For all of Toronto FC’s financial ambition, signing players like Sebastian Giovinco, Jozy Altidore, Michael Bradley, Gregory van der Wiel, Ager Aketxe and Victor Vázquez in recent years, the club hasn’t focused on one vital position: center back. And thus, with recent injuries to regular defenders, an intriguing new Michael Bradley center back experiment has unfolded at BMO Field in recent weeks. And it’s something the next USMNT coach might want to consider.
It started in the second leg of Toronto’s eventual defeat to Chivas in the Concacaf Champions League, with Bradley pressed into action in the middle of defense as five center backs were unavailable. Although the match was mostly forgettable for Toronto fans (in part thanks to a shanked shootout miss by Bradley), it showed Bradley might be a feasible option in defense for the Reds, who overcame a 3-1 aggregate deficit just to force a shootout.
That weekend, despite having the most expensive roster in the league, center backs Drew Moor, Chris Mavinga, Eriq Zavaleta and Nick Hagglund were all out injured. The Michael Bradley center back experiment arrived in full force as he lined up alongside van der Wiel (himself a fullback) at the position in a 2-2 draw with Chicago. The Fire, it should be noted, have tried a similar tactic, with Bastian Schweinsteiger moving to a sweeper role a la Franz Beckenbauer.
“Michael has been enormous in our ability to adapt to circumstances, whether in-game or injury,” Toronto coach Greg Vanney said. “He's able to assume a lot of different responsibilities for us; that’s been huge.”
Bradley continued playing center back in a 3-0 win over Philadelphia on May 4 and on Wednesday for a big clash with Seattle, a rematch of the last two MLS Cup finals. Seattle won 2-1 and though Bradley deserves some of the blame for the first goal, he wasn’t all that bad in the high-stakes matchup.
Wake up to points and match highlights! pic.twitter.com/zR4wf6EDNO— Seattle Sounders FC (@SoundersFC) May 10, 2018
Bradley as a center back for Toronto adds many of the same qualities as Schweinsteiger does at sweeper for Chicago. He’s calm and assured in possession and can leap into midfield to spark the attack when needed. At 6-1, he’s stronger in the air than you might think. Plus, he’ll turn 31 in July and while he hasn’t shown many signs of slowing yet, playing as a team’s midfield engine will wear down the legs over time — a move to center back, even if temporary, could help sustain his career.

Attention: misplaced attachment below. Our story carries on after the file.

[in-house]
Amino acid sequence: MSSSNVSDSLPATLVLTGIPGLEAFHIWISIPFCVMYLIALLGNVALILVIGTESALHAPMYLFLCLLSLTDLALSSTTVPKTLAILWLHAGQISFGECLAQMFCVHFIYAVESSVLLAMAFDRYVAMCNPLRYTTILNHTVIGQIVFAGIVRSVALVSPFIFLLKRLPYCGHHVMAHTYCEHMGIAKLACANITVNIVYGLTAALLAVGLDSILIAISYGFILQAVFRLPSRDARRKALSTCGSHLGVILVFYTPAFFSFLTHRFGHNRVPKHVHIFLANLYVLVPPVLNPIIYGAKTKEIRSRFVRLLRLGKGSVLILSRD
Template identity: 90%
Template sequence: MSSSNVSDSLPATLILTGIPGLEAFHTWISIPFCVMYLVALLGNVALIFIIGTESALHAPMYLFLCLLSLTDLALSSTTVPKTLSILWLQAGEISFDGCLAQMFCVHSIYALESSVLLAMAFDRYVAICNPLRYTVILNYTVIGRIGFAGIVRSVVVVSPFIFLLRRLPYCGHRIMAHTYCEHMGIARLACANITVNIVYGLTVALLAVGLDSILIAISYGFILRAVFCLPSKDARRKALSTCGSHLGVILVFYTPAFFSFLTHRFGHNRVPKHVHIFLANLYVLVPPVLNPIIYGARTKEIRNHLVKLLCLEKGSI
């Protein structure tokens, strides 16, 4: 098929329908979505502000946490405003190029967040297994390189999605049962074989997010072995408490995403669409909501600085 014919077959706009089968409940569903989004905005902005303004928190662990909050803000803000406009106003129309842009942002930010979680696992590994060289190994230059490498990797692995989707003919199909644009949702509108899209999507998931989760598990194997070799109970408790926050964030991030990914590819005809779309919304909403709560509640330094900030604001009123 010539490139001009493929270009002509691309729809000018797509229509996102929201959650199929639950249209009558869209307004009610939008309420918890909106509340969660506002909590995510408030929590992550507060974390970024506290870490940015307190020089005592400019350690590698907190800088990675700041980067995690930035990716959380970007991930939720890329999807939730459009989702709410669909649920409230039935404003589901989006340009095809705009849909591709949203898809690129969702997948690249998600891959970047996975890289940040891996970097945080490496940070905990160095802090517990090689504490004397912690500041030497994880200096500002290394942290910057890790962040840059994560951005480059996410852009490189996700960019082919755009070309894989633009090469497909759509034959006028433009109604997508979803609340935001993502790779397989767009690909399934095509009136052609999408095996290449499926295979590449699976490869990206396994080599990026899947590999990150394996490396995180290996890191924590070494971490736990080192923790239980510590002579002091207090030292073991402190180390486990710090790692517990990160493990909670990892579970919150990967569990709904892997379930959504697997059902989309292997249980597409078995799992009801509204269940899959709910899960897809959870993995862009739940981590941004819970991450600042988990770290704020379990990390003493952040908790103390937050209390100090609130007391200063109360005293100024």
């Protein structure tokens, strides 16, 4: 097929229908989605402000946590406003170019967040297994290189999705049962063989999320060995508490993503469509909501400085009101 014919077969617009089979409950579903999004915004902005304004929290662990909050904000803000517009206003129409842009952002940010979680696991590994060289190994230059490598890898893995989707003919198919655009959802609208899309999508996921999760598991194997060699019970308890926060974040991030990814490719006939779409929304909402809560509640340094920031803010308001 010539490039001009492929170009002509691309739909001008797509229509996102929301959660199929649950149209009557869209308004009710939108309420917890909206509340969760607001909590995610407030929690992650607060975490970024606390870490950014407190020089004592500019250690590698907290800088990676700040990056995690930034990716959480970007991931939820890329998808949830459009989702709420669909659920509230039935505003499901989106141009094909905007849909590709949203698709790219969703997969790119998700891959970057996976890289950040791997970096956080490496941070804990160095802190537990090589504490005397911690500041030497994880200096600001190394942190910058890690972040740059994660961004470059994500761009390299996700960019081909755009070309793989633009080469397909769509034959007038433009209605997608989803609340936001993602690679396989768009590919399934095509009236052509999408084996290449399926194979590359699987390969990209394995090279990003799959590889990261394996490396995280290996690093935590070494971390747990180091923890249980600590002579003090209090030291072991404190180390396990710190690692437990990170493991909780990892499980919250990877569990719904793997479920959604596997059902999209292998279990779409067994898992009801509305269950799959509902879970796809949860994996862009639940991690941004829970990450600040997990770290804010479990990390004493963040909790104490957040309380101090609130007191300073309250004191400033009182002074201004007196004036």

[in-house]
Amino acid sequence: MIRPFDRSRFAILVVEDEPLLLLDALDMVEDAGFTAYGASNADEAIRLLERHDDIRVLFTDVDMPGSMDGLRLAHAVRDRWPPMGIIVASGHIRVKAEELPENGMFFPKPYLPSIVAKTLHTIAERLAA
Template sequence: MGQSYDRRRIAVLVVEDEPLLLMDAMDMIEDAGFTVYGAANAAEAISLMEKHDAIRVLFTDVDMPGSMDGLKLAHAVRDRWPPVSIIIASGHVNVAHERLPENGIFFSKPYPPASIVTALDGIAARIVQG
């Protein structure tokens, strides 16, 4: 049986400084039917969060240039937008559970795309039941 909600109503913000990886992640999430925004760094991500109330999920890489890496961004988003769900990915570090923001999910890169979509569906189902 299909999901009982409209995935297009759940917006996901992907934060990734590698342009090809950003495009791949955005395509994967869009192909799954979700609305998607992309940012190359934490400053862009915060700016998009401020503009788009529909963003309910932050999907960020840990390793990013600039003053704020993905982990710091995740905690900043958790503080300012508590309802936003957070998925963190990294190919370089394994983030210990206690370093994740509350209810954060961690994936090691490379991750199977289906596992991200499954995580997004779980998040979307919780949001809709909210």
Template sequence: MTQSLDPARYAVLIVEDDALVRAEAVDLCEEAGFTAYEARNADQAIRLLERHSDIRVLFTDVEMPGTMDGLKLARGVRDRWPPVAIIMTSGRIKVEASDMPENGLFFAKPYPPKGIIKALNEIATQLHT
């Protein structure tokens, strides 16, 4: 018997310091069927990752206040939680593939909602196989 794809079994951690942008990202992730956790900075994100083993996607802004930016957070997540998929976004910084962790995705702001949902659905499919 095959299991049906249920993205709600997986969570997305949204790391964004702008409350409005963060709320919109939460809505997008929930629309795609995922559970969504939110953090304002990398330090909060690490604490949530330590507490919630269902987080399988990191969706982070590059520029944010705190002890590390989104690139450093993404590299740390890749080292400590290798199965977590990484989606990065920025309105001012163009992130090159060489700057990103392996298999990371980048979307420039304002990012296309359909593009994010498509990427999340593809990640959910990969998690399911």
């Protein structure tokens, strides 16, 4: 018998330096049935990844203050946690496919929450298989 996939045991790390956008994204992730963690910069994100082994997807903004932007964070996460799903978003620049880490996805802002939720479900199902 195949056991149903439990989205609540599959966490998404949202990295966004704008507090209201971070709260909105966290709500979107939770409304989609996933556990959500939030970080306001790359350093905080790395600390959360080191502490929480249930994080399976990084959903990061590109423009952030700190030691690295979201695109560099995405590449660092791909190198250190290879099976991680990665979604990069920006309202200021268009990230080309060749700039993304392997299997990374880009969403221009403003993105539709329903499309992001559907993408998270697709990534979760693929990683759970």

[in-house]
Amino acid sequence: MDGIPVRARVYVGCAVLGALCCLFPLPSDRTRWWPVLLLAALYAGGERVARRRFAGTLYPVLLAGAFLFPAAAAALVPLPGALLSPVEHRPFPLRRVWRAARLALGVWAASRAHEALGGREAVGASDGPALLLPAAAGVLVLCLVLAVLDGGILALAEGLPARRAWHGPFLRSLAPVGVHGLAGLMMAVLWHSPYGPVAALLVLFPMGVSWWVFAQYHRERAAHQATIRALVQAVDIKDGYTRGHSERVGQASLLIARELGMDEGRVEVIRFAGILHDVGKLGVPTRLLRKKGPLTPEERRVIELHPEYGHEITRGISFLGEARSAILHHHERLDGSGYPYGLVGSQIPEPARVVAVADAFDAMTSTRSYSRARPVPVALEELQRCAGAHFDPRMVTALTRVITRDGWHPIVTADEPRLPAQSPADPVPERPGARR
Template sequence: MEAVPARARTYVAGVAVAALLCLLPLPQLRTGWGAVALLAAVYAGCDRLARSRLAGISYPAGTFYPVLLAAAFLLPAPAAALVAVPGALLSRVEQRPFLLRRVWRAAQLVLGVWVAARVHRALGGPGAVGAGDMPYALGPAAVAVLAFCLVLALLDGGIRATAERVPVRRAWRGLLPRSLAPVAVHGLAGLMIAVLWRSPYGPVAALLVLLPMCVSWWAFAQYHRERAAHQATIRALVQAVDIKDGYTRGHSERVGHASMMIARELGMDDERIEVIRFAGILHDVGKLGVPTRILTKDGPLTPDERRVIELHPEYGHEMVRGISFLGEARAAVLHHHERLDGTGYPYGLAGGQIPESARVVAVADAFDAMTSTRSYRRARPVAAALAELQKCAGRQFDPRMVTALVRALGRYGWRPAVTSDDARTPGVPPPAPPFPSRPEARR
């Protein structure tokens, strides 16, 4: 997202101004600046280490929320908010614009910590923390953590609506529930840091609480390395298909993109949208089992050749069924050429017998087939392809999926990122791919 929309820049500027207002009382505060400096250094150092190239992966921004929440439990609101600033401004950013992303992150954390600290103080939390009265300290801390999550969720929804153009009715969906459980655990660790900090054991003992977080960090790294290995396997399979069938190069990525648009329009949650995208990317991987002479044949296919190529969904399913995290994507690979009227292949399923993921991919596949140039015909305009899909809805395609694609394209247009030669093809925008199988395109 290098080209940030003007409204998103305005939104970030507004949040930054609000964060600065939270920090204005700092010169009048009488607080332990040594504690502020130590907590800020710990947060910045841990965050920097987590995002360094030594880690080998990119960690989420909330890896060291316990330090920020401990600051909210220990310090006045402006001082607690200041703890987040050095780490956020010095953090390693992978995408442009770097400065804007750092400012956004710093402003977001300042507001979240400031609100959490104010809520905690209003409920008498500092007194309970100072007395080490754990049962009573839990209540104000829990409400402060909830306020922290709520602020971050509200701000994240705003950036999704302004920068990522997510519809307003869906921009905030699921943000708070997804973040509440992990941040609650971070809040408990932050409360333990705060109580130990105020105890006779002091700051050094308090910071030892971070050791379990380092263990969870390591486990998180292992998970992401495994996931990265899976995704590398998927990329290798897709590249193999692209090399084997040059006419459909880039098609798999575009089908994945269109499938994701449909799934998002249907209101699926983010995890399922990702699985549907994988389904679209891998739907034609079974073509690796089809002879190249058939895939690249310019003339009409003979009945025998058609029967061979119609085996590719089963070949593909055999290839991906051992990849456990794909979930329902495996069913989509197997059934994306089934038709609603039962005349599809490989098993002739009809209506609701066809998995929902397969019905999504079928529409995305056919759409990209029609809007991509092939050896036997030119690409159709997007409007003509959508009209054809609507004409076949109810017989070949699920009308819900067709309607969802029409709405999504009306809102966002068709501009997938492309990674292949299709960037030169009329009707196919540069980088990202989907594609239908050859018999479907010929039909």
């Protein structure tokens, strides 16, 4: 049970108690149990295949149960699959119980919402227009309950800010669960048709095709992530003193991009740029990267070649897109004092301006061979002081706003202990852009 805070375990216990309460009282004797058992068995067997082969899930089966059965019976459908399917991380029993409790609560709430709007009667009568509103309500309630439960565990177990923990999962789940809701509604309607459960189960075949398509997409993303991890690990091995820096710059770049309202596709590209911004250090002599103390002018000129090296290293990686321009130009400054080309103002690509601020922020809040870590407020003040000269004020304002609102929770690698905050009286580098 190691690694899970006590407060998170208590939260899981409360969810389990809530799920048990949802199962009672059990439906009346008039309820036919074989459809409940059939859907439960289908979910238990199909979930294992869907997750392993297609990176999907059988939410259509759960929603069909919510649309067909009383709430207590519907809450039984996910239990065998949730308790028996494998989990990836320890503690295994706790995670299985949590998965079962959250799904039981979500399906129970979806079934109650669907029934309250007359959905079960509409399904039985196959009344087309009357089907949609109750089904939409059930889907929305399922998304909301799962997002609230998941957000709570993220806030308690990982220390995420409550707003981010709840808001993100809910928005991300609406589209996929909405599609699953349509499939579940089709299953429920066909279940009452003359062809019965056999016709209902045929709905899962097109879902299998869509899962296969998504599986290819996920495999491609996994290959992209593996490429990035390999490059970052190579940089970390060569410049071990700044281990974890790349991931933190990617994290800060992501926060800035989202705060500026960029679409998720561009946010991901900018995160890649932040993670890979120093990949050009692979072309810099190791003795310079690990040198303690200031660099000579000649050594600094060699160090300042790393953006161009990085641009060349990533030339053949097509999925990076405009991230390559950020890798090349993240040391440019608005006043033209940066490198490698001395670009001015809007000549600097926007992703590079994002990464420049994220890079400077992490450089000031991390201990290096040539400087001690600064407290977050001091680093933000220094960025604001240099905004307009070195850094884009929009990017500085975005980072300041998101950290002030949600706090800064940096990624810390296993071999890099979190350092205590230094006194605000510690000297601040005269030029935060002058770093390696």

Bradley will need to continue to develop his passing range as a center back. On Wednesday, his distribution was hit or miss. At times he zipped passes into the midfielders or forwards with supreme precision; at others he played balls with too little pace, allowing defenders to easily cut in for an interception.
The question for many Americans, however, is if this Michael Bradley center back idea can be utilized by the USMNT (which, by the way, still needs a coach).
The U.S. isn’t exactly bereft of center backs. Team USA can call on experienced players like John Brooks, Geoff Cameron, Omar Gonzalez, Ike Opara and Matt Besler as well as younger talents such as Matt Miazga and Cameron Carter-Vickers. But we saw in World Cup qualifying how even with those players, the USMNT couldn’t keep Trinidad and Tobago off the scoreboard in a can’t-lose match.
Bradley might not be a better option at center back than any of those aforementioned players, but he does provide an option. He could give a squad more versatility by dropping from a midfield position into center back and taking off a central defender for a more attacking player. It would also allow one of the most gifted U.S. players to remain in the squad as captain while allowing for a new youthful core of midfielders to take control of the team.
Kellyn Acosta (22 years old), Weston McKennie (19) and Tyler Adams (19) currently look like the midfield core of the future for the USMNT, with Cristian Roldan (22) perhaps added in as needed. How they develop chemistry with Christian Pulisic (also 19) and the next crop of forwards like Josh Sargent and Timothy Weah (both 18) will likely go farther in determining the success of the U.S. at the 2022 World Cup than anything Michael Bradley does.
And yet, Bradley is such an ingrained figure in the team, it would make a lot of sense to keep him around, whether in a diminished role in midfield or by shifting to center back. It’s why Nick Rimando is called up for big matches so often; having a veteran presence is huge, especially in the wild world of Concacaf.
Whether or not this Michael Bradley center back experiment is a long-term solution or a temporary fix for Toronto, it’s something the next USMNT coach can seriously consider when Team USA gathers for its next meaningful match at the 2019 Gold Cup. Of course, by then, Bradley will be turning 32 and it will have been about 600 days since the last meaningful match. But at least it’s an option.